I heard about you on Rachel Held Evans’ blog, and have been reading through several things you’ve written online over the past couple of days. I want to say thank you for your wise and honest and godly words which I have so much appreciated reading. Your thoughts on faith, sexuality, friendship and community have been so helpful to me. I’m looking forward to following your blog and hearing more of what you have to say. I’m a Durham graduate and I still live in the city fifteen years after graduating – I really hope you enjoyed your time here; Durham’s beautiful, isn’t it?

    Thanks again, and God bless you,


  4. Wesley,

    My name is Will Spokes. I am the Minister of Outreach at Tenth Pres in Philadelphia. If you would be interested, I would welcome the opportunity to talk with you about some ideas I have to perhaps collaborate with you on some things here at Tenth.

    I look forward to hearing from you.


    Will Spokes

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  9. Hi Wes ,
    I read W&W and felt it was the first time someone actually “got me”. The struggle of celibacy in a hyper sexualized world is a most narrow path. Made even more so by the normalization of homosexuality inside and outside of the church in recent years. I’ve been at this longer than most of your readers, and it feels as if someone changed the rules in the middle of the game, which only adds to the feeling of being the odd man out. Most days the longing for community is much greater than the one for sex (not that that is easy either). Glad you are writing on this, as I feel slightly less isolated when I read your posts.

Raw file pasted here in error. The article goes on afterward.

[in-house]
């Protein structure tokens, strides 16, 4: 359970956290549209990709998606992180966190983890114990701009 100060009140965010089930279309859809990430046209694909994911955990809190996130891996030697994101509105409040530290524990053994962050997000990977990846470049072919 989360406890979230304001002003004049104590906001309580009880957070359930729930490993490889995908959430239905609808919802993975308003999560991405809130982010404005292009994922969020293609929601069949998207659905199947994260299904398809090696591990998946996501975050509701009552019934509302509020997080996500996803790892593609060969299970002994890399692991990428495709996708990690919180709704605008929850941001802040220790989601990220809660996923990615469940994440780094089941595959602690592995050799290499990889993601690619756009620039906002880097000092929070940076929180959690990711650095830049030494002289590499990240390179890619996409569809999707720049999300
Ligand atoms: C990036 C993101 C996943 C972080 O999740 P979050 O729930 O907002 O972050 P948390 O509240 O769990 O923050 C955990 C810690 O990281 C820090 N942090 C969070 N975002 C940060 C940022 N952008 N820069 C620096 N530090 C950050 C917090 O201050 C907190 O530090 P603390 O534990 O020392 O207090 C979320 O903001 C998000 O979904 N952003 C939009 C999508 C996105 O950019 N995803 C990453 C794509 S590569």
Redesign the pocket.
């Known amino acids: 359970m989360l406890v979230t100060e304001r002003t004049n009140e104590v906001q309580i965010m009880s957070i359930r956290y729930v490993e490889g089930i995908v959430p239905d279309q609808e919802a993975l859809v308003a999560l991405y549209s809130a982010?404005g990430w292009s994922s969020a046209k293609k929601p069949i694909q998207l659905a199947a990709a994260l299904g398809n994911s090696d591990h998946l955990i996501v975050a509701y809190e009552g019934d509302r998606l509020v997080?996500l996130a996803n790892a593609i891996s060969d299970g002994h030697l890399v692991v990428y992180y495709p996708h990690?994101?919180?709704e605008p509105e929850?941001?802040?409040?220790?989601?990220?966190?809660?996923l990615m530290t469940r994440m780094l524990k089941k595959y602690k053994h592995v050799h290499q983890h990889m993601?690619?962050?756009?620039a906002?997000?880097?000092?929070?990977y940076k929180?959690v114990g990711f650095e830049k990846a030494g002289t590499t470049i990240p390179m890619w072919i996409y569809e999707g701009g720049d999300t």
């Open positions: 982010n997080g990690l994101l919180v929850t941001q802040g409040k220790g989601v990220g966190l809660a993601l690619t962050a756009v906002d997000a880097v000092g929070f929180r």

10. I appreciate this website and this discussion. However I’m bothered by the amount of effort given over to ‘intentional’ living. I realize that living celibate, alone, without a partner for the rest of your life will take a positive effort, particularly in later years to avoid the struggle and pain of loneliness, the aloneness that only single people who have consciously chosen to remain single, will feel. What I would like to know is when does ‘intentional’ living, – consciously surrounding yourself with community, fall into the category of ‘contrived’ living? – When you know you are spending all this conscious effort surrounding yourself with community as much as to avoid the painful and perhaps rather grim reality that are always going to be stuck living in a box by yourself, so to speak. I’m not asking for the ‘with Jesus you are never alone’ sort of answers, because I know Christians in this situation who are really struggling, and will occasionally admit, that they really are miserable and that life for them really is a struggle to be positive. None resorts to the ‘comfort’ derived from knowing that their misery and struggle is ‘pleasing’ to God, because it no longer makes sense to them. They are surviving as much by being on ‘automatic pilot’ as anything else, – getting on with things while remaining emotionally kind of dead, which I think is pretty sad.


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  12. I would like to state for the record that you are a stronger man than I am. Your commitment to God and his plan and your place in it, leaves me feeling a bit inadequate in my relationship with God.
    I am a Catholic heterosexual white male with 5 children. No one in my household is gay or lesbian and I find it difficult to find common ground on this issue.
    Whatever my personal beliefs are on the subject, I can say that you are an inspiration to people to follow Gods word and live by his plan. Thank You for your inspiration.